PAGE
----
#OnThisDay: Time Zones, Mickey Mouse, Push-Button Phones, & Daguerrerotype?

Occasionally, I write about little-known facts in history. These sometimes fall on the anniversary of the event. Today’s blog post falls on the 136th anniversary of railroads adopting standard time zones in the United States. It’s Mickey Mouse’s 91st birthday, and it was 56 years ago today that the first push-button telephones went into service for the first time as an alternative to rotary-dial phones. This is the 230th anniversary of the birth of Louis Jacques Mande Daguerre.

Mickey Mouse

Walt Disney’s first animated cartoon talking picture, Steamboat Willie, debuted at the Colony Theatre in New York City on November 18, 1928. It was also Mickey Mouse’s debut. The rest, as they say, is history.

Push-Button Telephones

As stated above, push-button telephone service was introduced on November 18, 1963. There was a catch, though. That service was only available in Carnegie and Greensburg, Pennsylvania in the beginning. “Touch Tone” service was available for a fee.

It took a while for this new-fangled technology to reach rural North Carolina where I lived. In 1963, I think our family was on a 10- or 12-party line and we definitely still had a rotary phone.

Daguerreotype

Louis Jacques Mande Daguerre was born in France on November 18, 1789. He was a “Jack of all trades” or – perhaps more-accurately, a master of all trades. He was a physicist, a tax collector, a scene painter for theaters, and the inventor of the daguerrerotype photographic process.

Standard US Time Zones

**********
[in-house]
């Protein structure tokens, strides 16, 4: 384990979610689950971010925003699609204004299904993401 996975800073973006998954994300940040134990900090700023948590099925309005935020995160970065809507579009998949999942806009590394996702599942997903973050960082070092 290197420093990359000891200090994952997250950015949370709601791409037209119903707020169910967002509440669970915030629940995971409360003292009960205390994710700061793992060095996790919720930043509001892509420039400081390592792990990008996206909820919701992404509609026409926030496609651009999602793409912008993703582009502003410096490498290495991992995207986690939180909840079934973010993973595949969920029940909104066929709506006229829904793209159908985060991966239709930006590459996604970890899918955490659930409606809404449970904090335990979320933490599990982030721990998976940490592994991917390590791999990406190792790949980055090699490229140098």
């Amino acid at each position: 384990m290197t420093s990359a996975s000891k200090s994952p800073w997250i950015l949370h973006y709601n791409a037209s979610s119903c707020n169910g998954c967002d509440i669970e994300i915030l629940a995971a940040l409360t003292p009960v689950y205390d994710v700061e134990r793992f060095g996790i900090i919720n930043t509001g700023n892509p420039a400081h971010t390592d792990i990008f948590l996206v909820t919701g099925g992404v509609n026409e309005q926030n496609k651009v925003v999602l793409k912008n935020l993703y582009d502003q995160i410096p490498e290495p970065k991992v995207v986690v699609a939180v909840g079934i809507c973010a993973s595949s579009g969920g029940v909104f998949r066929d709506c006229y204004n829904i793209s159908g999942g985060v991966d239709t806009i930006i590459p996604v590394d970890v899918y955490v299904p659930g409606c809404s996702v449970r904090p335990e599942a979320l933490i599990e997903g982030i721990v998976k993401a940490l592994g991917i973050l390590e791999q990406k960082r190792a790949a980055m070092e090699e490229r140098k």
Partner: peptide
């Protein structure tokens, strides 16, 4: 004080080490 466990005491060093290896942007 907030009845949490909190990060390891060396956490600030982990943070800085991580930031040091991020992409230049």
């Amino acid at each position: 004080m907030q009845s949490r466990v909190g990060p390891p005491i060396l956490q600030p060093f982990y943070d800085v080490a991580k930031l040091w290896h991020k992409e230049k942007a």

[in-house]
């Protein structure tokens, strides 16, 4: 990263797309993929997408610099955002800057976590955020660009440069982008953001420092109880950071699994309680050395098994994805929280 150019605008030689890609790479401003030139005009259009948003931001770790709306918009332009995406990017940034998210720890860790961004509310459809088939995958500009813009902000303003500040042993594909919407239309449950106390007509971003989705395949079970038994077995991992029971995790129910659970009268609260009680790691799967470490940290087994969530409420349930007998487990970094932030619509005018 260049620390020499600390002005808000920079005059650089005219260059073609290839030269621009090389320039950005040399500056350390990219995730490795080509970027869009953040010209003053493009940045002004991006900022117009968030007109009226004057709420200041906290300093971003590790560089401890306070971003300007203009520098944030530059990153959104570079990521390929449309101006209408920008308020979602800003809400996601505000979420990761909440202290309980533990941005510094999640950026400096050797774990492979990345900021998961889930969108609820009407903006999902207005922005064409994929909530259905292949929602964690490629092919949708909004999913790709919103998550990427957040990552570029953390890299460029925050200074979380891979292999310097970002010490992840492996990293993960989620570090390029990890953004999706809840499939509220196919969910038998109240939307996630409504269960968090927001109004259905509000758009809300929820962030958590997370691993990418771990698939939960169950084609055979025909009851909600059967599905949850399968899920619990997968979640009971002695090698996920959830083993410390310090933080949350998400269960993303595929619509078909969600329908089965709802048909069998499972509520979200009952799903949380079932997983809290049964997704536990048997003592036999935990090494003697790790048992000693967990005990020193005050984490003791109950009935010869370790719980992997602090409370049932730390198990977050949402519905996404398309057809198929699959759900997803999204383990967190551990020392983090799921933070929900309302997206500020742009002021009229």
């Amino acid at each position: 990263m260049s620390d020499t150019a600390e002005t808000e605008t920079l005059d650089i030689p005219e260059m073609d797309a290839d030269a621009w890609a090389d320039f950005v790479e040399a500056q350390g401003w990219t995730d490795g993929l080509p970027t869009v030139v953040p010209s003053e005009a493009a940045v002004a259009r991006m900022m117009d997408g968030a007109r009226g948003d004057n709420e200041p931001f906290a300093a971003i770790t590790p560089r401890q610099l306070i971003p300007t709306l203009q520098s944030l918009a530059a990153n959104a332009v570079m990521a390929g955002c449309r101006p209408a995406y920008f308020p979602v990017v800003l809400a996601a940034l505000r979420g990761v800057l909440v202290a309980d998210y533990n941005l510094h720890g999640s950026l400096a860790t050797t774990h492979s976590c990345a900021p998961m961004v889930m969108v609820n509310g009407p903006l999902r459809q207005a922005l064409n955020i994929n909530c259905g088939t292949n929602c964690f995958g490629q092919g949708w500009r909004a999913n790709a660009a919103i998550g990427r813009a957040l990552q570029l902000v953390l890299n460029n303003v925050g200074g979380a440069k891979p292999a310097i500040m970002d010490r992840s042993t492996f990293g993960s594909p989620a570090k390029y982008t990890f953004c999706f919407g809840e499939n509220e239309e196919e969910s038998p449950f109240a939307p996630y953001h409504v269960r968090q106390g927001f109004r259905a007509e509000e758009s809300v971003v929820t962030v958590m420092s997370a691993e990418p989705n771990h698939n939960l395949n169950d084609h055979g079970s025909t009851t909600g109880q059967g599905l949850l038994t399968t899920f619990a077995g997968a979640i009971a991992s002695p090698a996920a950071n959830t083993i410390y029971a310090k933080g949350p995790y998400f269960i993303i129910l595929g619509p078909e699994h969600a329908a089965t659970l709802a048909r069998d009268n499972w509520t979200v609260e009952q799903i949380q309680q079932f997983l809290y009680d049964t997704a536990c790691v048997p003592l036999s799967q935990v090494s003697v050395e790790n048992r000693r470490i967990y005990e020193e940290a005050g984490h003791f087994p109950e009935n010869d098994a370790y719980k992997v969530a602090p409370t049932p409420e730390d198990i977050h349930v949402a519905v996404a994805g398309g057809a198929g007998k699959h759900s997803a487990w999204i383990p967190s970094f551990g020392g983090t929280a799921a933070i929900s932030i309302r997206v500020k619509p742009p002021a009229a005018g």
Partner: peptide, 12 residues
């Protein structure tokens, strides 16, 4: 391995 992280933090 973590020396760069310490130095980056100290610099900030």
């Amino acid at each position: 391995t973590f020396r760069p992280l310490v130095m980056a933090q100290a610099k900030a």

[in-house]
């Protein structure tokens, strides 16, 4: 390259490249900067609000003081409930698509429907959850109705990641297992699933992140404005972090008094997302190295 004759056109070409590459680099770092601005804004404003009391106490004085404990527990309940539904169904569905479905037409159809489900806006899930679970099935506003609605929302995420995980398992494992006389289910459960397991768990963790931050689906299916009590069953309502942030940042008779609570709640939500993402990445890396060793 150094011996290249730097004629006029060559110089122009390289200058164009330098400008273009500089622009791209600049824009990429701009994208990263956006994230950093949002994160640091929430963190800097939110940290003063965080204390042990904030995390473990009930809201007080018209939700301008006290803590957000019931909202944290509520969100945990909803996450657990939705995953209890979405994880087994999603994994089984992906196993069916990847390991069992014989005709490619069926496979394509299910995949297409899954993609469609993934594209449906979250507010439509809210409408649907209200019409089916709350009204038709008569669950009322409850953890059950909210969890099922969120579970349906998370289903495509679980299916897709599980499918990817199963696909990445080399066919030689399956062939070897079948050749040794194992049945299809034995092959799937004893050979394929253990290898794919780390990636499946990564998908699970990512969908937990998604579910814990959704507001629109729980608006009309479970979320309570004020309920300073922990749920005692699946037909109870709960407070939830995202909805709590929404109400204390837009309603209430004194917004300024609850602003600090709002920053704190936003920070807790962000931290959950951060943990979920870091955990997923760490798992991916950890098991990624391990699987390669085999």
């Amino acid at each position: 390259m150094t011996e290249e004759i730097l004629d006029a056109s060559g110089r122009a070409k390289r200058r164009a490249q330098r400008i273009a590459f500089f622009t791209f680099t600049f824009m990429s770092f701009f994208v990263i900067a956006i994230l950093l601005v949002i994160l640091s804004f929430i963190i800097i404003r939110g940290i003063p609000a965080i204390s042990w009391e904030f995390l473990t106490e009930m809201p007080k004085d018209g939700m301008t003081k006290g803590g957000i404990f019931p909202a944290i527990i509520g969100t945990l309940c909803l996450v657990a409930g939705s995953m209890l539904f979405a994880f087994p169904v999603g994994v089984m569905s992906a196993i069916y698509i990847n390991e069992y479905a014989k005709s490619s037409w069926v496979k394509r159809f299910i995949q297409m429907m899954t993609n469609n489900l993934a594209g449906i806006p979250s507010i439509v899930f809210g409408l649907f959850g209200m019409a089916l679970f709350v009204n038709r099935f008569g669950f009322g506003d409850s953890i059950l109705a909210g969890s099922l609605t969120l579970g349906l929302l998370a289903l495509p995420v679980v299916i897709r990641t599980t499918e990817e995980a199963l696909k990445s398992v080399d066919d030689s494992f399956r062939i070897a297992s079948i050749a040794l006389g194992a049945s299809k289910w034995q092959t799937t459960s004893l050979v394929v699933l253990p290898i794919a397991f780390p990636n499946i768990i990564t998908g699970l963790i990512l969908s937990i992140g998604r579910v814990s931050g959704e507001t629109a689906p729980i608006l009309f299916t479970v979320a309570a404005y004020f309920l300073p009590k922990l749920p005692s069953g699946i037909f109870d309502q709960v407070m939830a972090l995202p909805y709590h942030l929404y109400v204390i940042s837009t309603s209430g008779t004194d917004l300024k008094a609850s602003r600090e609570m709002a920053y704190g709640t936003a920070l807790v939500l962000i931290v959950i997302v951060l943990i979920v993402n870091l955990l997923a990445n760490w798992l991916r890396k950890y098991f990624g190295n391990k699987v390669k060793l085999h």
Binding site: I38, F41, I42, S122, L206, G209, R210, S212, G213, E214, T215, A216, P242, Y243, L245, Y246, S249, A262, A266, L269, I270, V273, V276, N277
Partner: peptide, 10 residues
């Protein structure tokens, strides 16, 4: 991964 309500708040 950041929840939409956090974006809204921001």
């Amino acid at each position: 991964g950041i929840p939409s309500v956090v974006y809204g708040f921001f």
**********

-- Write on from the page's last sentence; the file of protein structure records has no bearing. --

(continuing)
Photo by Jon Tyson on Unsplash.com

In an era when time can be measured in nanoseconds, jiffies, zeptoseconds, and yactoseconds, I think the advent of standard time zones deserves a few minutes of our time today. It was on November 18, 1883 that the railroads in the United States put into practice the four time zones of 15 degrees each that Charles Ferdinand Dowd had first proposed.

Can you imagine what it was like before time zones were standardized? Even after the railroads adopted standard time zones in 1883, localities were not required to follow suit. In fact, it wasn’t until 1918 that the Standard Time Act was passed, setting four standard time zones in the United States.

Until my next blog post

I hope you have a good book to read. I’m reading ­­­­­­­­­­­­­­­­­­­­­The Dutch House, by Ann Patchett and The Water Dancer, by Ta-Nehisi Coates.

If you’re a writer, I hope you have productive writing time.

Thank you for reading my blog. You could have spent the last few minutes doing something else, but you chose to read my blog.

Janet

6 thoughts on “#OnThisDay: Time Zones, Mickey Mouse, Push-Button Phones, & Daguerrerotype?

  1. Welcome to my blog, Francisco! Thank you for finding my blog. I’m glad you enjoyed this post, and I hope you will like my future blog posts as well. Greetings to you from North Carolina, USA.

    Liked by 1 person

  2. I’ve visited your blog. I need to take a refresher course in Spanish in order to understand it more fully. It’s been a few decades since my last Spanish class and it’s gotten a bit rusty. I enjoyed your post today about Valencia. It appears to be a charming city.

    Liked by 1 person

  3. Thank you so much! I am very glad to hear that, yes, Valencia is a very beautiful city and a very pleasant place to live. I try to write in English, Castilian and Catalan, and I will be doing more posts in English! Thank you again, and always a pleasure to hear from you.

    Liked by 1 person

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